News

Published:

August 15, 2019
 

2022 Cohort Organizes Racial Equity Training


by Vanessa Hartmann, 2nd-Year Cohort

At the beginning of the 2017-2018 academic year, doctoral students attended an open discussion meeting with Dean Barber in which students could ask questions about any aspect of the doctoral program. The meeting quickly shifted to concerns that students had about life at Derner. Some students were upset by the departure of a respected faculty member and wanted to know if there were plans to hire more faculty of color. Other students spoke of desiring more resources in the face of financial challenges. Others wanted more open discussions about race and privilege in the classroom and described experiences of feeling shut down by professors and other students. 

“I left kind of dissatisfied by the conversation,” Essosinam Ward, a current second year said. “There was tension and even some arguments that had happened.” Several other students interviewed for this article felt similarly. 

For members of the 2022 cohort (the now second-year cohort), who had, at that point, only been at Derner for two weeks, the meeting revealed how social and cultural turmoil in our broader culture was playing out at the school. In a cohort process group, students expressed their concerns about inclusivity at Derner as well as their desire to learn how to address race, socioeconomic, and cultural differences in clinical work. The class decided that participating in a racial equity training program in which students could learn more about how to approach these issues might be a good place to start. 

A group of students including Ward, Sophie Cassell, and Marina Weiss set to work drafting a proposal for the training and Weiss interviewed potential trainers. Ward said that the group was initially anxious about how the administration would respond: “Are they going to be supportive of us doing this? Is there money to do this?” she recalled the group thinking. “One of the main things was clinical training: how could we get training that was going to be clinically useful in working with people of color and working in diverse communities? There was a sense of ‘we have some of that’ in terms of the curriculum but there was a sense that something deeper was needed, and more.”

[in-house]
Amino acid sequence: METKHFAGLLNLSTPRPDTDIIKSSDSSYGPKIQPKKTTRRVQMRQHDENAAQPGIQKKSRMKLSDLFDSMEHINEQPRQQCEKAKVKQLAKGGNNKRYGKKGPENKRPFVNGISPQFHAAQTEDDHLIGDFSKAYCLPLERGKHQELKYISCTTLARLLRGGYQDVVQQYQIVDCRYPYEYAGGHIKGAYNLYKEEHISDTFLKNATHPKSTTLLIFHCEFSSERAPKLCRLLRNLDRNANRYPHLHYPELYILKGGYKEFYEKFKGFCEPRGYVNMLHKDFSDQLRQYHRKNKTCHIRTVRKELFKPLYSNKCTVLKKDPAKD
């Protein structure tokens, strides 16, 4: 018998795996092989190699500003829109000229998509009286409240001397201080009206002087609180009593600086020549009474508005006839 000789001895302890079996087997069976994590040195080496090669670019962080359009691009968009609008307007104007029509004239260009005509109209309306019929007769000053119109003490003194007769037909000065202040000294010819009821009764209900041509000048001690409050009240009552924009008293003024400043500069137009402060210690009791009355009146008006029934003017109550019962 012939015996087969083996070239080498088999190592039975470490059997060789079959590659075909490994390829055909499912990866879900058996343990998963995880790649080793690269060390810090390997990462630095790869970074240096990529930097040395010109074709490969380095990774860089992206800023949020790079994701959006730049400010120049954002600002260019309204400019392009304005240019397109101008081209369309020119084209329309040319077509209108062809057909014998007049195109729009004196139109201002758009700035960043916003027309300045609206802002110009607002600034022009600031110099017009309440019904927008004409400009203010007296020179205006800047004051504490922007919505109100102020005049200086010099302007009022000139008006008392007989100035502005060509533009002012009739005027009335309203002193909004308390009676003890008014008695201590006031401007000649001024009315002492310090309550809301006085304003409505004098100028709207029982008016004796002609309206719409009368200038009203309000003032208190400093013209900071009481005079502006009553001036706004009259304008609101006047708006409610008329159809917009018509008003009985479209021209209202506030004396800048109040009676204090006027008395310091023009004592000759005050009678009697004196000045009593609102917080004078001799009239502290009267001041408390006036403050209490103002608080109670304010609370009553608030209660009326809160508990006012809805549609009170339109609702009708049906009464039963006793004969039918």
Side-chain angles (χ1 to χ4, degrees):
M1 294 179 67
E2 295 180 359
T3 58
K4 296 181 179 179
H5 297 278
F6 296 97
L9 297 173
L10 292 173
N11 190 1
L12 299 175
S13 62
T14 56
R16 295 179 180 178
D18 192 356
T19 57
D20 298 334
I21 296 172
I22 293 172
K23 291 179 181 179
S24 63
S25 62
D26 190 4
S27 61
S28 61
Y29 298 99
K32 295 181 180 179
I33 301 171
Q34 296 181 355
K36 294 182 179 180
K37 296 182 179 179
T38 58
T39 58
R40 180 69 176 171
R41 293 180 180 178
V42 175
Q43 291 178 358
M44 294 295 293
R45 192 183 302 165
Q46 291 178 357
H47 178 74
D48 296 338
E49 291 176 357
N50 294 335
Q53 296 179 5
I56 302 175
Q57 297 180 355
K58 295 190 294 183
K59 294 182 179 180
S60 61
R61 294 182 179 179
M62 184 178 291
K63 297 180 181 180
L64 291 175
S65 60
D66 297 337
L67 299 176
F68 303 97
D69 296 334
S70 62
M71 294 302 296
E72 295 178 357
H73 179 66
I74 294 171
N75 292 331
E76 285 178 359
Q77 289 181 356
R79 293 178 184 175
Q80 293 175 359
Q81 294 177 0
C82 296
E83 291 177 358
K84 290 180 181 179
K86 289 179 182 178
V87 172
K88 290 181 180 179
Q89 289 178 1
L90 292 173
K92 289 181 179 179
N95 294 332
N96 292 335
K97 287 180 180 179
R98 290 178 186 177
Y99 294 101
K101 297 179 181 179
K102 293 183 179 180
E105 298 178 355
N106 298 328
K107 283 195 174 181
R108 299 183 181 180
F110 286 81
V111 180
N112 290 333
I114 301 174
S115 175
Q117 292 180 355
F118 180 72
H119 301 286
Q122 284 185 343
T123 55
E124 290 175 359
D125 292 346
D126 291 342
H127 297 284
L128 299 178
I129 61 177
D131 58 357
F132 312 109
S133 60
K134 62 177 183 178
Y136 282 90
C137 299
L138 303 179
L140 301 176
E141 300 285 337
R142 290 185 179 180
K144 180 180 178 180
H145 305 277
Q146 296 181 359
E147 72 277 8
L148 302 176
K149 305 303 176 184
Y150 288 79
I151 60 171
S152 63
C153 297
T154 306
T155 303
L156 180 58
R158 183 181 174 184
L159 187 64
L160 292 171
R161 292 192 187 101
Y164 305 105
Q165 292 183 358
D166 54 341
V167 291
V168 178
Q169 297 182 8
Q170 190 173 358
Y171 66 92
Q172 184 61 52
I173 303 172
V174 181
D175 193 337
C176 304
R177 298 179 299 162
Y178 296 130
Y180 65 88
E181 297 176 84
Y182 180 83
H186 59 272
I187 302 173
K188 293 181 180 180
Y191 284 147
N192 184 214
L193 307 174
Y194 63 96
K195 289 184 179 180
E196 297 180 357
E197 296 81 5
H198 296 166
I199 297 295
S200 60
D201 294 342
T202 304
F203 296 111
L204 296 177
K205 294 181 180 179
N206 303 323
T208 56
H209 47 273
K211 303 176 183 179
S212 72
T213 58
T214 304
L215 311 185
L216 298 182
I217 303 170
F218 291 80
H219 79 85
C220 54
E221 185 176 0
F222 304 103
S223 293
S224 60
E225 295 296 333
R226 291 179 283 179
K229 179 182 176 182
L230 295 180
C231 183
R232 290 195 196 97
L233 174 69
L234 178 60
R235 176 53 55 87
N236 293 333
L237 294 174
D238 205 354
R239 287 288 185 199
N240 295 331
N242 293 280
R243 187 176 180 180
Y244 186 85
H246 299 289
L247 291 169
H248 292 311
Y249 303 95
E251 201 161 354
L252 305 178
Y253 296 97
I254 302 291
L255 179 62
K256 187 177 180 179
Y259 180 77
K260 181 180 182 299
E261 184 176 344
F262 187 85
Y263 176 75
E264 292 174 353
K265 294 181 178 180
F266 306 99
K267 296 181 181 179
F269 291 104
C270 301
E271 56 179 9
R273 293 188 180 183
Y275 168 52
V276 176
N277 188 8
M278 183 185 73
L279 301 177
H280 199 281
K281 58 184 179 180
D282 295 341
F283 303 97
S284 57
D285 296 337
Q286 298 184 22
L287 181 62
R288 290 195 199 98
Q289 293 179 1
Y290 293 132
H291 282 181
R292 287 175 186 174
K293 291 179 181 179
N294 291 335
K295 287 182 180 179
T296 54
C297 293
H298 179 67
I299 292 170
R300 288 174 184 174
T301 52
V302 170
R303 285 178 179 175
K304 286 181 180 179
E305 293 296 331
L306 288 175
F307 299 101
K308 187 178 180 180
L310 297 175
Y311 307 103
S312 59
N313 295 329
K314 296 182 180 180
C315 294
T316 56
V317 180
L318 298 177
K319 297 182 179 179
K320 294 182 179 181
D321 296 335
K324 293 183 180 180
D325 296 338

When Dean Muran saw the proposal, he said that he and Dean Barber were impressed; and he remembered thinking, “This is timely.” Muran acknowledged that the school had been struggling with how to address race and privilege on campus and how to make the curriculum more inclusive. “We’ve been agonizing over this, really,” Muran said. According to Muran, the training fit into a broader, ongoing initiative at the school which has involved hiring faculty from diverse backgrounds and incorporating topics of diversity and individual differences into each course. “I saw [the racial equity training] as something that would really help the whole community.” 

The program occurred over two consecutive Thursdays last spring, with nearly all of the 2022 cohort attending. It was co-led by Rachael Ibrahim, MSW, a racial equity facilitator and grassroots organizer and Mayowa Obasaju Alero, Ph.D., a clinical and community psychologist who has been leading anti-oppression workshops for ten years. A core team of students including Ward, Cassell, Weiss, Firouz Ardalan, and Naa-Adjeley Ama Kuma helped to prepare for and facilitate the training. 

The program was unique in that the primary mode of training was through storytelling. In order to facilitate that, Ibrahim and Obasaju Alero worked to create an interactive, nonhierarchical space so the voices of those who are often excluded are given more space. A classroom at the Varick Street campus was transformed with music and posters that framed the stories of people of color and named and described policies and laws in the U.S. that perpetuated oppression. A table of stress-relieving toys, Play-Doh, and art supplies were offered to help create an environment of catharsis and curiosity.